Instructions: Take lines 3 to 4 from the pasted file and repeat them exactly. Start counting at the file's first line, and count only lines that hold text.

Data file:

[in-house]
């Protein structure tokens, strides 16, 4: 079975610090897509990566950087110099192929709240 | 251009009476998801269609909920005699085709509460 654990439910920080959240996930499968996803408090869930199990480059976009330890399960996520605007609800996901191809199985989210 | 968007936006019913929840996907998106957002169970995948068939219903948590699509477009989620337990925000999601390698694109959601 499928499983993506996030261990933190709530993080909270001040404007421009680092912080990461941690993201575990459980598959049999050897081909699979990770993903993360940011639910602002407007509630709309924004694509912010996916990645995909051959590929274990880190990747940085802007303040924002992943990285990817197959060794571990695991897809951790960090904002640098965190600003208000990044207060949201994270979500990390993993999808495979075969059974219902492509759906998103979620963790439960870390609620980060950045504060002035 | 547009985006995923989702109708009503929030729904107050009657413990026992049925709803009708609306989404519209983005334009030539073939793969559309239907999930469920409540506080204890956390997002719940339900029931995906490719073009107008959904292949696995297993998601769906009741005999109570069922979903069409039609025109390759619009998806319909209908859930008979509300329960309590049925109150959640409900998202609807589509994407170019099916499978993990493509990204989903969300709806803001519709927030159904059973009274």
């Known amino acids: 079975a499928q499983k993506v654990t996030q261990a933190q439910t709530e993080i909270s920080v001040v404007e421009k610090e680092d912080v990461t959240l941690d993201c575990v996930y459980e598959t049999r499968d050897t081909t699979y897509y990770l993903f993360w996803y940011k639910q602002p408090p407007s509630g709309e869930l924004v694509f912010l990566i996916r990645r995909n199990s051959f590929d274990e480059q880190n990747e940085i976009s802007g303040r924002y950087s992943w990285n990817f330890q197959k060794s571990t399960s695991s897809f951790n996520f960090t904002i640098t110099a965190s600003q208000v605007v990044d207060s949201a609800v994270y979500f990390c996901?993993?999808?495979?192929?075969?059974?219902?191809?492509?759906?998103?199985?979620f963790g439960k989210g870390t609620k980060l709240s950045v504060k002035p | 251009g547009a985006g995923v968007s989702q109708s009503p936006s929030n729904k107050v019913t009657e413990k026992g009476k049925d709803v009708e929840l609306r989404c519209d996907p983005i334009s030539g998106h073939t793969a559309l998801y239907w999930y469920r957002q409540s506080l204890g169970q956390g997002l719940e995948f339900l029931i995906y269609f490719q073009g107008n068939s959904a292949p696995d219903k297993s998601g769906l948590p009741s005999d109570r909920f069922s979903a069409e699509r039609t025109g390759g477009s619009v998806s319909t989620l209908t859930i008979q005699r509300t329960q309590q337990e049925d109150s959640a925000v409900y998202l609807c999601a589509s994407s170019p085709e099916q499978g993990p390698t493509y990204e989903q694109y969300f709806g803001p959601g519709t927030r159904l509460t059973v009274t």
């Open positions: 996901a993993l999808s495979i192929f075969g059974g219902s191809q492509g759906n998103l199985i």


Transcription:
């Known amino acids: 079975a499928q499983k993506v654990t996030q261990a933190q439910t709530e993080i909270s920080v001040v404007e421009k610090e680092d912080v990461t959240l941690d993201c575990v996930y459980e598959t049999r499968d050897t081909t699979y897509y990770l993903f993360w996803y940011k639910q602002p408090p407007s509630g709309e869930l924004v694509f912010l990566i996916r990645r995909n199990s051959f590929d274990e480059q880190n990747e940085i976009s802007g303040r924002y950087s992943w990285n990817f330890q197959k060794s571990t399960s695991s897809f951790n996520f960090t904002i640098t110099a965190s600003q208000v605007v990044d207060s949201a609800v994270y979500f990390c996901?993993?999808?495979?192929?075969?059974?219902?191809?492509?759906?998103?199985?979620f963790g439960k989210g870390t609620k980060l709240s950045v504060k002035p | 251009g547009a985006g995923v968007s989702q109708s009503p936006s929030n729904k107050v019913t009657e413990k026992g009476k049925d709803v009708e929840l609306r989404c519209d996907p983005i334009s030539g998106h073939t793969a559309l998801y239907w999930y469920r957002q409540s506080l204890g169970q956390g997002l719940e995948f339900l029931i995906y269609f490719q073009g107008n068939s959904a292949p696995d219903k297993s998601g769906l948590p009741s005999d109570r909920f069922s979903a069409e699509r039609t025109g390759g477009s619009v998806s319909t989620l209908t859930i008979q005699r509300t329960q309590q337990e049925d109150s959640a925000v409900y998202l609807c999601a589509s994407s170019p085709e099916q499978g993990p390698t493509y990204e989903q694109y969300f709806g803001p959601g519709t927030r159904l509460t059973v009274t």
């Open positions: 996901a993993l999808s495979i192929f075969g059974g219902s191809q492509g759906n998103l199985i």